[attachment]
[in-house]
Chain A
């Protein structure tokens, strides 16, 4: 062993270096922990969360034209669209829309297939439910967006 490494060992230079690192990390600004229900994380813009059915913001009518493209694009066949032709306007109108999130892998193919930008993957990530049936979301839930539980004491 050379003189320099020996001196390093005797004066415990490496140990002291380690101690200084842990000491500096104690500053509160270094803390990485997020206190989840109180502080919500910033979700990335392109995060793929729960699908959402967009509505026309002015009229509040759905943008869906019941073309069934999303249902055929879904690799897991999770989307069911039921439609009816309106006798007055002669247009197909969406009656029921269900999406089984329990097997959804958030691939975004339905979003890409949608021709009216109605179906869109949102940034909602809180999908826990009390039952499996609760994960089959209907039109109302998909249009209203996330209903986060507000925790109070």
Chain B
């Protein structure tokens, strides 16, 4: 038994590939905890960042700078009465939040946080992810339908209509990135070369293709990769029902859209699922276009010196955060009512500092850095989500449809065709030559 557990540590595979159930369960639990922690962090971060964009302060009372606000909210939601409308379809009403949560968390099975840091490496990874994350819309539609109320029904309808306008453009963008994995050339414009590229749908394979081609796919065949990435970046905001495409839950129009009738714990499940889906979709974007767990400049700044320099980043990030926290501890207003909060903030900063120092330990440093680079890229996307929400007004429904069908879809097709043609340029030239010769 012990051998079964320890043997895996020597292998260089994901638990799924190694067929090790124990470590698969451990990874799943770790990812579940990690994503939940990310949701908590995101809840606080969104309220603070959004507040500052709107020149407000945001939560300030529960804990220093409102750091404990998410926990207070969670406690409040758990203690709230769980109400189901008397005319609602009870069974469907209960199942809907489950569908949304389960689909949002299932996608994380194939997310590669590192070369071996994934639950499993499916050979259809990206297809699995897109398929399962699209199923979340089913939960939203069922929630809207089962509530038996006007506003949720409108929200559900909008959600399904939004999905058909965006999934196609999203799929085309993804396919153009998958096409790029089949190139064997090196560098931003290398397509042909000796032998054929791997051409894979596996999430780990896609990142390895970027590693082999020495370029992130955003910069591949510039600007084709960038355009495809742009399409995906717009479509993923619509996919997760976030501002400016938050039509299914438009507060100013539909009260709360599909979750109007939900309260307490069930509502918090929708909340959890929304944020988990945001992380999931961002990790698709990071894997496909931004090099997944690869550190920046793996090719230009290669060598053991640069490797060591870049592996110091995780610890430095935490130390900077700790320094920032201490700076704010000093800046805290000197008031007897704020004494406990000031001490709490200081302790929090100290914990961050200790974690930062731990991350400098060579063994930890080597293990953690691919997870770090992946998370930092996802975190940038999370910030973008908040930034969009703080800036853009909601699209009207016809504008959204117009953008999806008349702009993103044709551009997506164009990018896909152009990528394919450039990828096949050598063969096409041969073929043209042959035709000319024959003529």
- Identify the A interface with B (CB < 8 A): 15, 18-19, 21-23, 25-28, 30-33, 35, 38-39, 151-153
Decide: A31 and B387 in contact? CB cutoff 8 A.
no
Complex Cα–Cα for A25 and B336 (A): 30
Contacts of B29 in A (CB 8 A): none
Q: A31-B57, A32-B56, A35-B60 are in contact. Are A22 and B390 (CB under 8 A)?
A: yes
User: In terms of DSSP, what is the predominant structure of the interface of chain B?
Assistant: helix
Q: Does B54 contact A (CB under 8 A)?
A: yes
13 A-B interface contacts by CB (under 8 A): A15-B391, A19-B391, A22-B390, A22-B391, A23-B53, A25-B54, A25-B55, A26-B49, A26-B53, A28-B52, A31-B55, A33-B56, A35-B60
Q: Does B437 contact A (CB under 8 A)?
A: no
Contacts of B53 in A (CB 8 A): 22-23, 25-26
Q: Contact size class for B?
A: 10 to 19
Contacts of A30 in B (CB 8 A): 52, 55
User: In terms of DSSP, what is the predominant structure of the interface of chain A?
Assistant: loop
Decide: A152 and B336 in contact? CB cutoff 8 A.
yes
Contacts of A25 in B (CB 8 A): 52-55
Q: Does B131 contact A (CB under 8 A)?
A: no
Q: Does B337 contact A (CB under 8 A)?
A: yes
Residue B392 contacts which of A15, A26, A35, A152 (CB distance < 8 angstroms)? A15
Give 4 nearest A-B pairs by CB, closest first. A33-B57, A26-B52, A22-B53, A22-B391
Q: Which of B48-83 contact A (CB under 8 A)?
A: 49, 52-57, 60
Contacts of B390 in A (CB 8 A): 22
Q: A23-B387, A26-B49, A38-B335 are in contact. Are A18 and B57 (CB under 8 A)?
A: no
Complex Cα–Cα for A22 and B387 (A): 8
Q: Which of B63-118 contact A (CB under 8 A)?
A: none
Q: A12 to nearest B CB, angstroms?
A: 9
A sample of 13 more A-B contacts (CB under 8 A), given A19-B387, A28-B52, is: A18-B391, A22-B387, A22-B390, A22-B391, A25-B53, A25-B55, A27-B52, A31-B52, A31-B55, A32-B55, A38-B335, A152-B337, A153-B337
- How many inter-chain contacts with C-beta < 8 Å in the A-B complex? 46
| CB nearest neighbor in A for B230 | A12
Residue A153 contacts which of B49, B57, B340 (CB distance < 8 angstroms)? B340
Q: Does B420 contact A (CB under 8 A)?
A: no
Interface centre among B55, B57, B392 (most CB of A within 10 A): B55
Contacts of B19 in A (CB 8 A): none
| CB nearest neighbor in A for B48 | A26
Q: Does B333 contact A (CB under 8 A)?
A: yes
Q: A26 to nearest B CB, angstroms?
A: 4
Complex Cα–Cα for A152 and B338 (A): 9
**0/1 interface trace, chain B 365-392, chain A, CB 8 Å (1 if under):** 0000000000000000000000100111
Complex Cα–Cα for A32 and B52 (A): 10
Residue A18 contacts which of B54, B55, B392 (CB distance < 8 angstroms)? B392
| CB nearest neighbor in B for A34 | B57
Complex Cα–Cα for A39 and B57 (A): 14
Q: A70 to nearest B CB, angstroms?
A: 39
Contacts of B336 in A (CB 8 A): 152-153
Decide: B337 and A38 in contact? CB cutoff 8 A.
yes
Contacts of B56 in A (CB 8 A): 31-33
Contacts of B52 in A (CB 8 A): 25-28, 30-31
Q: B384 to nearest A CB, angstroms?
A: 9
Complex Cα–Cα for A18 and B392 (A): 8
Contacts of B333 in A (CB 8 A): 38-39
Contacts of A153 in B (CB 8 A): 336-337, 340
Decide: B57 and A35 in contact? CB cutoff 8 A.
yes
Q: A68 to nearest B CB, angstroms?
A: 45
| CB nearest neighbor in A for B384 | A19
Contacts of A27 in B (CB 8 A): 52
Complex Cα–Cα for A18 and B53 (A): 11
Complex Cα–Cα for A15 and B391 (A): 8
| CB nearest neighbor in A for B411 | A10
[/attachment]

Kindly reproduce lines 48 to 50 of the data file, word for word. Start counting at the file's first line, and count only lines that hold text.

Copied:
Residue A153 contacts which of B49, B57, B340 (CB distance < 8 angstroms)? B340
Q: Does B420 contact A (CB under 8 A)?
A: no